She throws her head
back and guzzles a Diet Coke, turns up the
volume on her stereo and curses, howls
sways her weight from one foot to the other
the room getting smaller and smaller
and the air suffocating
“Janet feels a connection between fearlessness and great work,” Rourke said. “In the rehearsal room, in performance, she drives herself to the edge of what frightens her, and jumps off.” Working at that level of intensity requires reserves of energy, especially in a play like “Les Liaisons Dangereuses,” which places enormous demands on the actors’ verbal dexterity and mental focus; sometimes McTeer pushes herself too far. “I hate being tired for shows,” she told me. “I’m not one of life’s great sleepers. I work quite hard at sleeping.” She believes, she added, that “you have to be fitter than the play you’re doing.”
McTeer follows a vigilant regimen. For a very physical show, like “The Taming of the Shrew,” she spends the afternoon before an evening performance at home. At three o’clock, she has a salad and perhaps does some reading. At four o’clock, using “my Paul McKenna hypnosis tape,” she said, she naps for half an hour, then for another half hour lifts weights and takes a hard spin on an exercise bike. After a shower, “I’d hum, get my voice started warming up, and I’d bike to work,” she said. While playing Petruchio, she never looked in the mirror, but for Merteuil, she said, she’d “maybe put on a face mask, check my nails, because I want her to have nice nails, nice moisturizer.” She explained, “You’re as vain as your character.” She also always listens to music before a show: baroque for Merteuil; for Petruchio, “anything loud.”
McTeer’s characters may change and her routine may vary, but one part of her ritual stays the same. Before every performance, especially when she’s tired, on matinée days, “just for a second,” she peeks out at the audience, “to see people’s eyes.” She tells herself, “That person wants to be moved, that person wants to be excited, that person is here to see a bit of magic. All right, I can do this.”
I toiled around with sharing my thoughts on the Globe production of A Midsummer Night's Dream. When I got going (there was a lot, and it was very exciting), I realized that what I had to say was a lot of sound and fury. It didn't mean nothing, but it was pretty...petty...? I don't know. Maybe I'll sort out those ideas some day. But for the moment, I'd rather spend my energies on making my own work and helping others with their work.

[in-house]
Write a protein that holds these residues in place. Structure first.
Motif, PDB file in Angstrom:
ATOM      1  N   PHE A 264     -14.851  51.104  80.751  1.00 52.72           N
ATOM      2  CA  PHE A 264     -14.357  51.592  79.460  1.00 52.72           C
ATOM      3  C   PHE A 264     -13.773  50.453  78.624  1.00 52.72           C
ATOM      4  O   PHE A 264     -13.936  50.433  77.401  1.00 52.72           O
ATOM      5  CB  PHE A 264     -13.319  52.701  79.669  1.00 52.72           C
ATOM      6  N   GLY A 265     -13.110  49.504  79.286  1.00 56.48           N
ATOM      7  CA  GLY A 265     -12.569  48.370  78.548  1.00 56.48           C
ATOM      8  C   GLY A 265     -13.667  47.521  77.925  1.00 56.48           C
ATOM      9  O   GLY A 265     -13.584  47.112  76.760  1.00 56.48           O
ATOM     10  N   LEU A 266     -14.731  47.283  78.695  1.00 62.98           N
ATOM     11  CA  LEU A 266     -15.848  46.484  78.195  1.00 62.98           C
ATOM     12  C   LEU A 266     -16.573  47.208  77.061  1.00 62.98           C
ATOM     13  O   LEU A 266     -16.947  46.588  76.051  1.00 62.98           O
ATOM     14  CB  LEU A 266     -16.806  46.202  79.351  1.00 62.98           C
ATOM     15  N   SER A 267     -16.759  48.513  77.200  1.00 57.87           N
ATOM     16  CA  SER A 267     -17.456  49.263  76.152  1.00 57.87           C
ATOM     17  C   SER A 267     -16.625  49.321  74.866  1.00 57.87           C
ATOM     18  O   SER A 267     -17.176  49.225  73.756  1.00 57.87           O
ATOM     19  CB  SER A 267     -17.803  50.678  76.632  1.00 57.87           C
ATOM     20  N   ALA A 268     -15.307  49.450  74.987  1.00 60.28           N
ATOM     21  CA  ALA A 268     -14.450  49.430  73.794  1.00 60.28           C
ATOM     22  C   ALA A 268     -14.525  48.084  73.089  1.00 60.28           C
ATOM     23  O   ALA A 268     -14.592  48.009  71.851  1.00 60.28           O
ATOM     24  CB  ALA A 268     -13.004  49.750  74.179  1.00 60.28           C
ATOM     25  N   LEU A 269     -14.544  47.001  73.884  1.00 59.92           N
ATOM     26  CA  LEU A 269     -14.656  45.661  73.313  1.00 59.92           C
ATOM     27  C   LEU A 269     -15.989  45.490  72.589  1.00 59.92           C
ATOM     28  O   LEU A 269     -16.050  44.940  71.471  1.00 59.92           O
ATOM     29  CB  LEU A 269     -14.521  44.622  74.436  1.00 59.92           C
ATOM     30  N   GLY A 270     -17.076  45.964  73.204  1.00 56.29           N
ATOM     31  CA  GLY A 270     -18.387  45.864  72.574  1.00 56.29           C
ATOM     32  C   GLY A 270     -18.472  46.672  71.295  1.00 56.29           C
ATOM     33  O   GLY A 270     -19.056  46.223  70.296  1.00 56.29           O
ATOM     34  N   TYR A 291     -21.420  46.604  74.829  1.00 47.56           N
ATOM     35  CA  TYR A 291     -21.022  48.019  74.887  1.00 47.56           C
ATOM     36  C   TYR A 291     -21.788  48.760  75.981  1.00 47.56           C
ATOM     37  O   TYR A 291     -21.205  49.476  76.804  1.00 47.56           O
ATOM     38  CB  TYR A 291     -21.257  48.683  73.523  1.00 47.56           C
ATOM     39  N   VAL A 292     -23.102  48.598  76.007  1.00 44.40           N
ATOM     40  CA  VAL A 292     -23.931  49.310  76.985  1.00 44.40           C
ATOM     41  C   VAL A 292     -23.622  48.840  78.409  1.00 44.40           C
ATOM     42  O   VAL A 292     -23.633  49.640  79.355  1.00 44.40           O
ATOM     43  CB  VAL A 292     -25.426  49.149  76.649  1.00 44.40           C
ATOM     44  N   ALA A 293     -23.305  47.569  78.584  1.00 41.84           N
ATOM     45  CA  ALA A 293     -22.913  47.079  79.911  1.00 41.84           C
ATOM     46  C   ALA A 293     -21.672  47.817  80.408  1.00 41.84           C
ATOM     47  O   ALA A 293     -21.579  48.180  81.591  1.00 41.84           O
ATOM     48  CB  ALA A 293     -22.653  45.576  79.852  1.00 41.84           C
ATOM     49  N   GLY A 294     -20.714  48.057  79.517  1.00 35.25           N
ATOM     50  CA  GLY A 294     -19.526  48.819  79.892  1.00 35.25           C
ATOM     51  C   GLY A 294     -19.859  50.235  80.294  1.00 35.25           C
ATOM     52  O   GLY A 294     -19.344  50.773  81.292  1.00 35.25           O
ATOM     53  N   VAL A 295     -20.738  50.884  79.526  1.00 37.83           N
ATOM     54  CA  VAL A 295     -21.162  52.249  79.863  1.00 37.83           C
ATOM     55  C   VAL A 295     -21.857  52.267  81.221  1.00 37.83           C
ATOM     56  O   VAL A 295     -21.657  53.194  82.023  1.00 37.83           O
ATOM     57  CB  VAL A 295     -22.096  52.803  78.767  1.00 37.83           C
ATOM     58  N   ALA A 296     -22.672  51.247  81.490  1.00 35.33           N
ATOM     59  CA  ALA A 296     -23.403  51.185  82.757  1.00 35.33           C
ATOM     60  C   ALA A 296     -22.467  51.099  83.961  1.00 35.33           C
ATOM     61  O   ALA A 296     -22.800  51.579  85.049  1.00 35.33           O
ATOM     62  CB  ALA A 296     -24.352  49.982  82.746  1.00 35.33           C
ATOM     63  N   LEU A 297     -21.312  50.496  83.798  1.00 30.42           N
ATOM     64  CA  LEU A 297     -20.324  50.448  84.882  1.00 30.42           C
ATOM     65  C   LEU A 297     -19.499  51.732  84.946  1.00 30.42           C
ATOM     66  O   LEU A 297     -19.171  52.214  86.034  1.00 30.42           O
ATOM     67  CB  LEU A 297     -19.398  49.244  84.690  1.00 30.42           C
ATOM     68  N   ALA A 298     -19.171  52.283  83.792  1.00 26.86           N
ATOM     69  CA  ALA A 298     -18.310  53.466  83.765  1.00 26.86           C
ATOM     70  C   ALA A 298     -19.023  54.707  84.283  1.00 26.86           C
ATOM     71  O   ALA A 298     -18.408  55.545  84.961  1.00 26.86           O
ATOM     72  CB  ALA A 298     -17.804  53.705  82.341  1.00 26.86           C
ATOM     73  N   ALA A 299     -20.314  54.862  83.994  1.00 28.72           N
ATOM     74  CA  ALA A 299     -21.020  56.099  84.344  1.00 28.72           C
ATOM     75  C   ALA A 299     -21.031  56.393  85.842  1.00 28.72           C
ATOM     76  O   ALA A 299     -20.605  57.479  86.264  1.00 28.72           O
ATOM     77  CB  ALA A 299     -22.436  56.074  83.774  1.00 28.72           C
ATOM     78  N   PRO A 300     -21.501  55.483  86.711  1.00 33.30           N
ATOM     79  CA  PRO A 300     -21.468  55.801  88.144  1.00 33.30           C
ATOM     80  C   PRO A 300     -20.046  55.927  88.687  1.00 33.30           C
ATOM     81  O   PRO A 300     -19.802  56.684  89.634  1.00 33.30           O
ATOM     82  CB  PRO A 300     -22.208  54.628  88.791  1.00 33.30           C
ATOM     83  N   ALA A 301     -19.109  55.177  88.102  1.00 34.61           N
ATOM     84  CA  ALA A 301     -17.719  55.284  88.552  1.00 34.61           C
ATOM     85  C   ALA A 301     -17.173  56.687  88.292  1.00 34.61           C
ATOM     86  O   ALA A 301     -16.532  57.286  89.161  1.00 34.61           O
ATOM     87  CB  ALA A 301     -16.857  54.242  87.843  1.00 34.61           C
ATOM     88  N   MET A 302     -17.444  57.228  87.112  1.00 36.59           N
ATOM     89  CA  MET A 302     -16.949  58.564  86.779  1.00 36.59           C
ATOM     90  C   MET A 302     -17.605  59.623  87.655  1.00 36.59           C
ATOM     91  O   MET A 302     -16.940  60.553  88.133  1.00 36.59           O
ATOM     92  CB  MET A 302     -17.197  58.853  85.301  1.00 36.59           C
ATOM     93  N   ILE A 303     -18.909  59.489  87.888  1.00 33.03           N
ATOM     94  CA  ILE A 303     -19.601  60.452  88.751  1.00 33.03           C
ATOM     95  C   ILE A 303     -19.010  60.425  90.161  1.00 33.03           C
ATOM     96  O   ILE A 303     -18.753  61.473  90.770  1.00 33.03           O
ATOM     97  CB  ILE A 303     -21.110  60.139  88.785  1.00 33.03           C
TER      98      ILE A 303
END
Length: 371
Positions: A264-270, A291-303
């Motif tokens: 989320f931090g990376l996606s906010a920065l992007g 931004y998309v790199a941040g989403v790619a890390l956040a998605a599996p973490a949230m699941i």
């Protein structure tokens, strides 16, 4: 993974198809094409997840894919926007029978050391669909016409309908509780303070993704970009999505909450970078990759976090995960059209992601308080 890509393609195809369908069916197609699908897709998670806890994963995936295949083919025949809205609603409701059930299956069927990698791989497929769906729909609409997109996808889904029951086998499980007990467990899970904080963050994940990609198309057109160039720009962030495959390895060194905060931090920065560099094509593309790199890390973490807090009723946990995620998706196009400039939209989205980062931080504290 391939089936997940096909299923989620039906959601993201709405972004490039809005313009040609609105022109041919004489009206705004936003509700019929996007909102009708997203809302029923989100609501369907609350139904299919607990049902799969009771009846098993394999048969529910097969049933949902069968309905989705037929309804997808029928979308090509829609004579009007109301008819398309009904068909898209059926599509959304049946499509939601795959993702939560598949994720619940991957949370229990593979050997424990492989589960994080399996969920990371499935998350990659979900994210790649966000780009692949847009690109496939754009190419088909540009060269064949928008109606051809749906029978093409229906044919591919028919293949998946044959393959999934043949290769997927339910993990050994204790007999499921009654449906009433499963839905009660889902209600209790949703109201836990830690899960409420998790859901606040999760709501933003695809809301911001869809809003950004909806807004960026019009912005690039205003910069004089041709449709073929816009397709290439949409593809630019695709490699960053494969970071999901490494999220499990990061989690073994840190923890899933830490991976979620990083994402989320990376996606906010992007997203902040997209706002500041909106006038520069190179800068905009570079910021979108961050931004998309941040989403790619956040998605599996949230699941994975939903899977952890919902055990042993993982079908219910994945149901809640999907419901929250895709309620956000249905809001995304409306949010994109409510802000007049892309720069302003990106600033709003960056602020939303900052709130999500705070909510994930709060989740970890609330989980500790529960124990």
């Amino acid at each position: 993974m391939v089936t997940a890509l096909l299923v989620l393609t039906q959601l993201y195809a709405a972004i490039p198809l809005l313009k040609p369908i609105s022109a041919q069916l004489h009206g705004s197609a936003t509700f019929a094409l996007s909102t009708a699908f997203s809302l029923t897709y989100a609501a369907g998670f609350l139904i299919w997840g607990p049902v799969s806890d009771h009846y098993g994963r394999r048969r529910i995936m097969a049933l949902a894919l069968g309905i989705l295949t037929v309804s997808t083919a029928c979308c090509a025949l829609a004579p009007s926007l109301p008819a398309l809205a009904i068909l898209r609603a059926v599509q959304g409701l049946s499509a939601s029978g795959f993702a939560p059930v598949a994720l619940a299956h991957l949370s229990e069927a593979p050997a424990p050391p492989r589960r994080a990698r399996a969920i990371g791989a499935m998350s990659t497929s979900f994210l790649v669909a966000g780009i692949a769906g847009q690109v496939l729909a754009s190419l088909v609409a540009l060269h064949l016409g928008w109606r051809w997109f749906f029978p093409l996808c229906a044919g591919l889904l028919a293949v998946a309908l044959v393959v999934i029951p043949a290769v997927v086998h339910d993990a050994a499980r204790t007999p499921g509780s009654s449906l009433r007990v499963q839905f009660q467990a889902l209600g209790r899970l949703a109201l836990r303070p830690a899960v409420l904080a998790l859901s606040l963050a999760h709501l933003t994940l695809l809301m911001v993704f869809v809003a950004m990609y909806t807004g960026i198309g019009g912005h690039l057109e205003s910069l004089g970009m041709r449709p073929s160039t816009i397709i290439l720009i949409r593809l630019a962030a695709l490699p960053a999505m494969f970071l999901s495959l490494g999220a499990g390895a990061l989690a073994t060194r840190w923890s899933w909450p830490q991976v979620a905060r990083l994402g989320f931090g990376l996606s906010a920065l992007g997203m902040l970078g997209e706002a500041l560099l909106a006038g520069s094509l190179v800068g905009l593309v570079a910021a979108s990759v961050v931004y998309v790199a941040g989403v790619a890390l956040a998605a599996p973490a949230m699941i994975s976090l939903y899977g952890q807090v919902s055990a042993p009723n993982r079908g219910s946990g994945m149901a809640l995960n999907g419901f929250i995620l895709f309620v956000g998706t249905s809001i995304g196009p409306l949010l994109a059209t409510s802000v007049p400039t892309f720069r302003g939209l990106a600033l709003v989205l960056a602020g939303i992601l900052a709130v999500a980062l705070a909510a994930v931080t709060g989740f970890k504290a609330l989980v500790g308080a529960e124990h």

For the record, there were so many things I believed to be a great success, but there were some other things that stuck out and wouldn't stop stabbing me. And they were arguably pesky details.
Details matter. And my voice does matter.
But I was exhausting and boring myself in the process of ranting. So that may never see the light of day.
So, in lieu of today's auditions for All My Sons (I'm the director), I'll post this quote from Joseph Haj.
He's the AD at the Guthrie Theater and I can't wait to see his work live.
But the question I will post to all of us is: "Are we making the work that we most want and need to make?" Or are we making some other kind of work while waiting for the economy to recover, the audience to come, the Board to step up, the Foundation to embrace us, the NEA to recognize us. What are we waiting for? Better times? These ARE better times. This might be as good as it ever gets. Right now. And a fear-based, scarcity mindset that invites us to hunker down, think small, share nothing with anybody, have no courage until some imagined "better day", in fact pushes us towards the very demise that we are trying to avoid."
"I think it’s that thing of wanting to bash things apart a little bit and break through some stuff. And I needed it to sound a little radical to feel good about putting something out in the world. For me, it’s not embarrassing, but the old records are of this kind of sad nature—I was healing myself through that stuff. Being sad about something is okay. And then wallowing in it, circling though the same cycles emotionally just feels boring. For this one, there’s still some dark stuff and whatever, but I think cracking things, making things that are bombastic and exciting and also new, and mashing things together, and explosiveness and shouting more, I think that was the zone. I think shouting. Whispering was maybe the thing before. But this time--[hits his keyboard and makes a loud robot sound]"
Read more about his new album here.
How Daveed Diggs of ‘Hamilton’ Spends His Sundays
How to Be Rejected
Justin Taylor at HowlRound
An Interview with Jessica Hecht and Alexandra Silber
(currently playing mother and daughter in the 2016 Tony-nominated revival of Fiddler on the Roof)
Creativity Is Much More Than 10,000 Hours of Deliberate Practice
Scott Barry Kaufman at Scientific American
A Writer's Room: Irvine Welsh
New York Times
The space itself is really four areas: a library-type room with a large desk I can cover with a manuscript; an alcove with my decks and music; a smaller office with a whiteboard and reference books; and a balcony where I can sit outside and write in the sun, counting my blessings that I don’t have a real job to do. As much as I like this place, I try not to get too attached to it, and I therefore do a lot of work in coffee shops and on public transit. It’s important for me to be able to write anywhere and not get too precious about trying to chase the fool’s gold of optimum conditions.
Books Read 2018
Books Read 2017
Books Read 2016
Books Read 2015
Movies Watched 2018
Movies Watched 2017
Movies Watched 2016
Movies Watched 2015